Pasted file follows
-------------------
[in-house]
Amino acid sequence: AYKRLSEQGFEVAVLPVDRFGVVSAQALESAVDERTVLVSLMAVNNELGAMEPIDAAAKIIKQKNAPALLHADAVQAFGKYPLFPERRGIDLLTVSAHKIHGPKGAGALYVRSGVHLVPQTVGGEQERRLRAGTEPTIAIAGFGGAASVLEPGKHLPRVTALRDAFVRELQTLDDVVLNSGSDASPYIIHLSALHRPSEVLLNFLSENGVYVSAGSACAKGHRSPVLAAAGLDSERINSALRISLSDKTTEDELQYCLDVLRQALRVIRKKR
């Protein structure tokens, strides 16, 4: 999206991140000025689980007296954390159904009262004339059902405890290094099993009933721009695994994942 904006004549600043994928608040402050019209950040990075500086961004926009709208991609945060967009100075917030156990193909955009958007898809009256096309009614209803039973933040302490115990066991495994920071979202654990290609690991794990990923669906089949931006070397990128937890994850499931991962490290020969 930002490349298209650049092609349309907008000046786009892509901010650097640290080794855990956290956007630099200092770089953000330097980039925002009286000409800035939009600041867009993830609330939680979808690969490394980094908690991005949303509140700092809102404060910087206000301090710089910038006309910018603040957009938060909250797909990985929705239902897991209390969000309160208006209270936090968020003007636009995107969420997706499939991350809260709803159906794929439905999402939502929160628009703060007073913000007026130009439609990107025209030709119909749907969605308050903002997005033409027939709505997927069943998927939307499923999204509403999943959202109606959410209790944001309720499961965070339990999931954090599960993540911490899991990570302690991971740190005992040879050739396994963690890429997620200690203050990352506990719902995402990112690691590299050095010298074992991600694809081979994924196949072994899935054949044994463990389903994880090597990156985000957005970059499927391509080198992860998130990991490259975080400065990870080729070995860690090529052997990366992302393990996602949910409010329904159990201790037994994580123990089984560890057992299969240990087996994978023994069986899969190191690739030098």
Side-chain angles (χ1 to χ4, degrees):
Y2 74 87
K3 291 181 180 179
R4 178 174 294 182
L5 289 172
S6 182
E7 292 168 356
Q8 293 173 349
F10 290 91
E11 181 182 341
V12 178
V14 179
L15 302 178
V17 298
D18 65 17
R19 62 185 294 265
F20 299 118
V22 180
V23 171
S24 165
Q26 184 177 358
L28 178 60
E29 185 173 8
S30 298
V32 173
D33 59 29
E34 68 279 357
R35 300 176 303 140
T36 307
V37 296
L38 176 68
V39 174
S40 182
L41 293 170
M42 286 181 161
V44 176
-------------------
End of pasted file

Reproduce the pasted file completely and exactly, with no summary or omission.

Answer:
[in-house]
Amino acid sequence: AYKRLSEQGFEVAVLPVDRFGVVSAQALESAVDERTVLVSLMAVNNELGAMEPIDAAAKIIKQKNAPALLHADAVQAFGKYPLFPERRGIDLLTVSAHKIHGPKGAGALYVRSGVHLVPQTVGGEQERRLRAGTEPTIAIAGFGGAASVLEPGKHLPRVTALRDAFVRELQTLDDVVLNSGSDASPYIIHLSALHRPSEVLLNFLSENGVYVSAGSACAKGHRSPVLAAAGLDSERINSALRISLSDKTTEDELQYCLDVLRQALRVIRKKR
């Protein structure tokens, strides 16, 4: 999206991140000025689980007296954390159904009262004339059902405890290094099993009933721009695994994942 904006004549600043994928608040402050019209950040990075500086961004926009709208991609945060967009100075917030156990193909955009958007898809009256096309009614209803039973933040302490115990066991495994920071979202654990290609690991794990990923669906089949931006070397990128937890994850499931991962490290020969 930002490349298209650049092609349309907008000046786009892509901010650097640290080794855990956290956007630099200092770089953000330097980039925002009286000409800035939009600041867009993830609330939680979808690969490394980094908690991005949303509140700092809102404060910087206000301090710089910038006309910018603040957009938060909250797909990985929705239902897991209390969000309160208006209270936090968020003007636009995107969420997706499939991350809260709803159906794929439905999402939502929160628009703060007073913000007026130009439609990107025209030709119909749907969605308050903002997005033409027939709505997927069943998927939307499923999204509403999943959202109606959410209790944001309720499961965070339990999931954090599960993540911490899991990570302690991971740190005992040879050739396994963690890429997620200690203050990352506990719902995402990112690691590299050095010298074992991600694809081979994924196949072994899935054949044994463990389903994880090597990156985000957005970059499927391509080198992860998130990991490259975080400065990870080729070995860690090529052997990366992302393990996602949910409010329904159990201790037994994580123990089984560890057992299969240990087996994978023994069986899969190191690739030098």
Side-chain angles (χ1 to χ4, degrees):
Y2 74 87
K3 291 181 180 179
R4 178 174 294 182
L5 289 172
S6 182
E7 292 168 356
Q8 293 173 349
F10 290 91
E11 181 182 341
V12 178
V14 179
L15 302 178
V17 298
D18 65 17
R19 62 185 294 265
F20 299 118
V22 180
V23 171
S24 165
Q26 184 177 358
L28 178 60
E29 185 173 8
S30 298
V32 173
D33 59 29
E34 68 279 357
R35 300 176 303 140
T36 307
V37 296
L38 176 68
V39 174
S40 182
L41 293 170
M42 286 181 161
V44 176